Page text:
JetBlue Getaways, for example, allows members to save on package deals and earn TrueBlue points based on the entire value of the package, including their hotel and car rental. In short, they are combining the benefits of shopping directly with the airline (earning loyalty points) and a third party OTA (package savings) to create the best of both worlds for their most loyal customers. Companies who embrace this approach and include their loyalty programs as an integral part of the selling process will ultimately be the most successful.
Looking forward: complete spinoffs of loyalty programs?
What happens when a loyalty program becomes a thriving business on its own? Some companies might consider spinning off their loyalty programs as standalone businesses, providing the ability for the programs to develop more in-depth partnerships and consolidate benefits for loyal customers.
This could indeed appeal to high-value customers who would rather patronize a collection of companies with a core set of easily understandable benefits. And rather than monitoring points across myriad complicated programs, customers would also benefit from this centralization. Companies would trade ownership of that loyalty information in favor of increasing the overall pull of brand-specific loyalty.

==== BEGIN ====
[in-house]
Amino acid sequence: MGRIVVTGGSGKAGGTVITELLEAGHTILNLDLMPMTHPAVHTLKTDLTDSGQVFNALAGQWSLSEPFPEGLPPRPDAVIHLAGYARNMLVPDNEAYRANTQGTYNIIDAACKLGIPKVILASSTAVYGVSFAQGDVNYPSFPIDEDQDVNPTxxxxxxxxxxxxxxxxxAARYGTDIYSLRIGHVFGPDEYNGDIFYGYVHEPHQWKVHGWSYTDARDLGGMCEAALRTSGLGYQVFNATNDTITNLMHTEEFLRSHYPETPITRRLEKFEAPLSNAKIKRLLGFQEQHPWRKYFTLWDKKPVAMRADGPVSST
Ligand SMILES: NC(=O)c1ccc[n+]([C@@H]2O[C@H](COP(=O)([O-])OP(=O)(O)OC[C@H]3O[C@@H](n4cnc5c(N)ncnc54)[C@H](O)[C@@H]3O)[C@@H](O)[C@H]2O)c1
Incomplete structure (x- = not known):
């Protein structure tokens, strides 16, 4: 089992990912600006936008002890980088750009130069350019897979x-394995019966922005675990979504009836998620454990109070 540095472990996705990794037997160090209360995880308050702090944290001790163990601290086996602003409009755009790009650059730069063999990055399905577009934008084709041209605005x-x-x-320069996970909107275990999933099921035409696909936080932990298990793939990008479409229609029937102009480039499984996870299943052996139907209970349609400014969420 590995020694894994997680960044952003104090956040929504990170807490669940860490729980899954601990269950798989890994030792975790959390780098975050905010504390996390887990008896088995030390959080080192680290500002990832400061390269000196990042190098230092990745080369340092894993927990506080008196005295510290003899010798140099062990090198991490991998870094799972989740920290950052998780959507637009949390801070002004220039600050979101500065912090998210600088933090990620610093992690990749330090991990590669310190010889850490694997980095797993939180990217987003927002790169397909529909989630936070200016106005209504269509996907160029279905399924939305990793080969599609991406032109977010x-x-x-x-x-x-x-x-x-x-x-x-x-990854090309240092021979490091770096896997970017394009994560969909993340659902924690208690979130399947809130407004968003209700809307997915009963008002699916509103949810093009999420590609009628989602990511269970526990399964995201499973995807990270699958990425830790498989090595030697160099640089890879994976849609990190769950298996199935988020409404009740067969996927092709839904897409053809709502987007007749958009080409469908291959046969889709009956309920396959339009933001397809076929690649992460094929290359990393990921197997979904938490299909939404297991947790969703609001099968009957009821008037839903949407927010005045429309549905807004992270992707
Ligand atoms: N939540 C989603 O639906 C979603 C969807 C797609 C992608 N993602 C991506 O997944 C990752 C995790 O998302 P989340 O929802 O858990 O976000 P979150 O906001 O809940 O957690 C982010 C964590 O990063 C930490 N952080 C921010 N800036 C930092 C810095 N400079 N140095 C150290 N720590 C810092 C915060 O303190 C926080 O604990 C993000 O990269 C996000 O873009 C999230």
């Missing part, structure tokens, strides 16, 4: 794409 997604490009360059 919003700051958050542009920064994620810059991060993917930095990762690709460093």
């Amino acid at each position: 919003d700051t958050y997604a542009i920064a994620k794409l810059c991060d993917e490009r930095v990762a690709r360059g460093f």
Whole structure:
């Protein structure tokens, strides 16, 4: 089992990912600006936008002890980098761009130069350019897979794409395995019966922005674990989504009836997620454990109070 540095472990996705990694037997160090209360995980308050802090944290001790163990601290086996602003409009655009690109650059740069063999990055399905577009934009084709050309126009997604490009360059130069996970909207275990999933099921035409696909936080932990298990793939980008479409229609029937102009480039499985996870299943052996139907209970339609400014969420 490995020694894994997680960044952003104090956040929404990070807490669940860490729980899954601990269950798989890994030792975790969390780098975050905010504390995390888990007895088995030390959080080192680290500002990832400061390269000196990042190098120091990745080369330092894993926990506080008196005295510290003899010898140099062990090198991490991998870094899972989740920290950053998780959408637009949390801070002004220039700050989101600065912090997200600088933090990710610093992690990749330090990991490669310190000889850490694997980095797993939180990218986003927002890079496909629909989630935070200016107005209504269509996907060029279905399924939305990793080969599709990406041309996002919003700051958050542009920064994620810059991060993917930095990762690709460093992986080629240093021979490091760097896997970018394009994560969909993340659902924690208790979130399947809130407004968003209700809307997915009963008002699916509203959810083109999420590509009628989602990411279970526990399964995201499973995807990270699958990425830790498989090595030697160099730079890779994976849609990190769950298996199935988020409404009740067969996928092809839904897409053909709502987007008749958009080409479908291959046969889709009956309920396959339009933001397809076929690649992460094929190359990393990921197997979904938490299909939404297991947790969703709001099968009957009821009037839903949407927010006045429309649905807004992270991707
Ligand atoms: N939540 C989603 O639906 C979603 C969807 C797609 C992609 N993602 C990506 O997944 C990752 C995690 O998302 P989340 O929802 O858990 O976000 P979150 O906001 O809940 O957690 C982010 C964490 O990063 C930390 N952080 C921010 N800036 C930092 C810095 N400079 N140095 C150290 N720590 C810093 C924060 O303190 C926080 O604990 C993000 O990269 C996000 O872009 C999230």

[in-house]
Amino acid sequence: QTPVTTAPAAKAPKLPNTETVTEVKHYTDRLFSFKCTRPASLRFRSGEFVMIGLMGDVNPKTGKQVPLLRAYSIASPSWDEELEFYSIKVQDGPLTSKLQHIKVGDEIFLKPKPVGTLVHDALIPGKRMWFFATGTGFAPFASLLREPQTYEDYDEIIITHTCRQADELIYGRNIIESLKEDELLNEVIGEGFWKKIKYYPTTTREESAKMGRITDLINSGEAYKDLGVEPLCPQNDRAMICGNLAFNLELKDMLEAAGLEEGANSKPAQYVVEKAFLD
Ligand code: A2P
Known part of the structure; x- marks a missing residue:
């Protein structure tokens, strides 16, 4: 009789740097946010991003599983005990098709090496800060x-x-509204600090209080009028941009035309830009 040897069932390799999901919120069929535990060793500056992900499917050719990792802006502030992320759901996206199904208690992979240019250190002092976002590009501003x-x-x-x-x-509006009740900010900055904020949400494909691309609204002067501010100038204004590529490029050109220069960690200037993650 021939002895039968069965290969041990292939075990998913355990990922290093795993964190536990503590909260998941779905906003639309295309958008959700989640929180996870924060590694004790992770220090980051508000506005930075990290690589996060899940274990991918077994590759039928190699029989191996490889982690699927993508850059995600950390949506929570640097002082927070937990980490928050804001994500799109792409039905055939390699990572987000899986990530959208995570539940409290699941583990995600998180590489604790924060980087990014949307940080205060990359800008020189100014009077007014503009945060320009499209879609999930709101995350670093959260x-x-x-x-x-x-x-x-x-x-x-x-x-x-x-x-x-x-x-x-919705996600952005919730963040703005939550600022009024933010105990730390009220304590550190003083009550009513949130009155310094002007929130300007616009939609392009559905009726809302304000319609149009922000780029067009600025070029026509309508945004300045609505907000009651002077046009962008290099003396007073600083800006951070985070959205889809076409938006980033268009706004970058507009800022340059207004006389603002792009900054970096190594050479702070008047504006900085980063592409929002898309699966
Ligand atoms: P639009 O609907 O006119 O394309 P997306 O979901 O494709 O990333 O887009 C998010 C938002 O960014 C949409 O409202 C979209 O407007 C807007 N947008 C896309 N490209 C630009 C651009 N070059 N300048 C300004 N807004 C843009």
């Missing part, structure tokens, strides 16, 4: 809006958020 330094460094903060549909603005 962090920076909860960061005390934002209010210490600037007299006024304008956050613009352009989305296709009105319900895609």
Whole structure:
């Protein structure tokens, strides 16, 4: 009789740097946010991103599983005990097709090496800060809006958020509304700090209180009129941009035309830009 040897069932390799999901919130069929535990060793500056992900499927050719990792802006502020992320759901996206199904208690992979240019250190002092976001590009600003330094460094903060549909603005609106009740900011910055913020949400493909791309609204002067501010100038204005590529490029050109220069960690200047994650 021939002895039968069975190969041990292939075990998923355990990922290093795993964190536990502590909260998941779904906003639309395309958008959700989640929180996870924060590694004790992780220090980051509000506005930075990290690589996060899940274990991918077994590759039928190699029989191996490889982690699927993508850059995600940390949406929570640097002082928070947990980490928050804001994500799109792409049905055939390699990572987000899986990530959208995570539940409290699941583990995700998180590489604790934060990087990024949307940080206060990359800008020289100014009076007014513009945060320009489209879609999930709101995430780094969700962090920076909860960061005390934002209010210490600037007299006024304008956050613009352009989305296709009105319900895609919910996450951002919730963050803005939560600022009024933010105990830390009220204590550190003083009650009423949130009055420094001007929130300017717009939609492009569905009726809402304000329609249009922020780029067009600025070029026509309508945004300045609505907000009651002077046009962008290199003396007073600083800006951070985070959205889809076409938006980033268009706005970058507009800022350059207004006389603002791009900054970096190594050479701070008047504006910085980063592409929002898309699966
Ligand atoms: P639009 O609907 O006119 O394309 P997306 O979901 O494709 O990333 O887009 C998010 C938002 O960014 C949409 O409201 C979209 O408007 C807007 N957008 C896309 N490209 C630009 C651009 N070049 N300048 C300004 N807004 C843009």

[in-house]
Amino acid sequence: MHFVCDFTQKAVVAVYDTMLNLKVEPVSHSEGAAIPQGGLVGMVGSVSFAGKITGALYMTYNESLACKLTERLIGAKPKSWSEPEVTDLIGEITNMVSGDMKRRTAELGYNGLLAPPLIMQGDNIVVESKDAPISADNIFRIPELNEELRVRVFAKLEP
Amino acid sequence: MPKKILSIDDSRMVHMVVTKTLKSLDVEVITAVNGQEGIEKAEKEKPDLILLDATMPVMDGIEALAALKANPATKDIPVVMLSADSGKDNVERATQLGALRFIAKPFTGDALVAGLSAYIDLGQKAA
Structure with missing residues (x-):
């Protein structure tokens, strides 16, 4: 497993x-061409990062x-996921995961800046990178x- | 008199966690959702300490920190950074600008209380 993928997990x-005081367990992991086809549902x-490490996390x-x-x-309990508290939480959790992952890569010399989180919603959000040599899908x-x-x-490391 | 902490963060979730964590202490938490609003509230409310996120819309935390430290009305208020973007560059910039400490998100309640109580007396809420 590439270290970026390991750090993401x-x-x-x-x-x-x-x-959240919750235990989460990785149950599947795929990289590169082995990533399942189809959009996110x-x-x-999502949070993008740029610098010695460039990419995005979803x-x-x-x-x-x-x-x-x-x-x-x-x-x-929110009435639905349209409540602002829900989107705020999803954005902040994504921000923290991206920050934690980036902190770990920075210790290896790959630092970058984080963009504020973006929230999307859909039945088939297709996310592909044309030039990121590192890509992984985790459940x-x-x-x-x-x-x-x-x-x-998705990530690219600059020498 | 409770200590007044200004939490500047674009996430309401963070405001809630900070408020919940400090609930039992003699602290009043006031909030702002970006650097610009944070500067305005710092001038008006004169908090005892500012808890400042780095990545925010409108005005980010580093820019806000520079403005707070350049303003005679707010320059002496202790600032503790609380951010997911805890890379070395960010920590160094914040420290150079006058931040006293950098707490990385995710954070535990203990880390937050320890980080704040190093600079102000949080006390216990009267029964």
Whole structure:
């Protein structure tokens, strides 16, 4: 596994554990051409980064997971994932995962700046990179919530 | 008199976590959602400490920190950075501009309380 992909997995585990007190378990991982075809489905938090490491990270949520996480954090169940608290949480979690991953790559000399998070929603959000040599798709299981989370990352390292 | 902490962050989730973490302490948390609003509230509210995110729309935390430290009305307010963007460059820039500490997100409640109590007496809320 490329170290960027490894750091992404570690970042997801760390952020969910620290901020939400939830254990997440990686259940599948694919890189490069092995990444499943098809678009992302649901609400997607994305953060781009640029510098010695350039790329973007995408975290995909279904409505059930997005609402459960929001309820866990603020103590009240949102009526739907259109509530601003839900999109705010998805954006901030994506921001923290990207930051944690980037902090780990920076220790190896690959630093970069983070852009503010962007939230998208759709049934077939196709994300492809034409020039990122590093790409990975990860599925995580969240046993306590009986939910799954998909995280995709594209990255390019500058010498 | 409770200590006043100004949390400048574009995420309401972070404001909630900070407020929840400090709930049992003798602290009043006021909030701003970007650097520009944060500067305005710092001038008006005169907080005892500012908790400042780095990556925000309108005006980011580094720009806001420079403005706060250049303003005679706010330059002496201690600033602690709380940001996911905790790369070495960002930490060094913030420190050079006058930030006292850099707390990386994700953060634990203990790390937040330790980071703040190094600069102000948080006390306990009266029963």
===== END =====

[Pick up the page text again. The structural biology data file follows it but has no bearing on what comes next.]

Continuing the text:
Dario Amrosini points out that this is already happening in certain areas:
One of the more interesting trends we’ve seen is the spinoff of loyalty programs to become independent entities. I see that as a partnership issue because the relationship between loyalty programs and core business operations has evolved from a subordinate division to a full scale partnership.
Aimia started the trend with Aeroplan, and now we see separate operating structures for Multiplus (TAM spinoff) and even Club Premier (JV between AeroMexico and Aimia). The loyalty programs have become independent entities that partner with the core business to drive long term profits for both. We expect to see more of this in the future as loyalty programs continue to expand their influence from customer retention to customer acquisition.
The biggest question is how will these alliances evolve if other programs follow their lead. Will we see a closed alliance system or an open one? In other words, will each major hotel program and frequent flyer program sign exclusive deals with each other, or will they allow members to choose benefits from multiple partners?
Regardless of how loyalty affects your business, the new Delta/Starwood Crossover Rewards is a significant indication of the alternative partnerships to come. Businesses are increasingly seeking cross-pollination with different verticals, as it provides a relatively low-cost way to serve an entirely new segment of customers.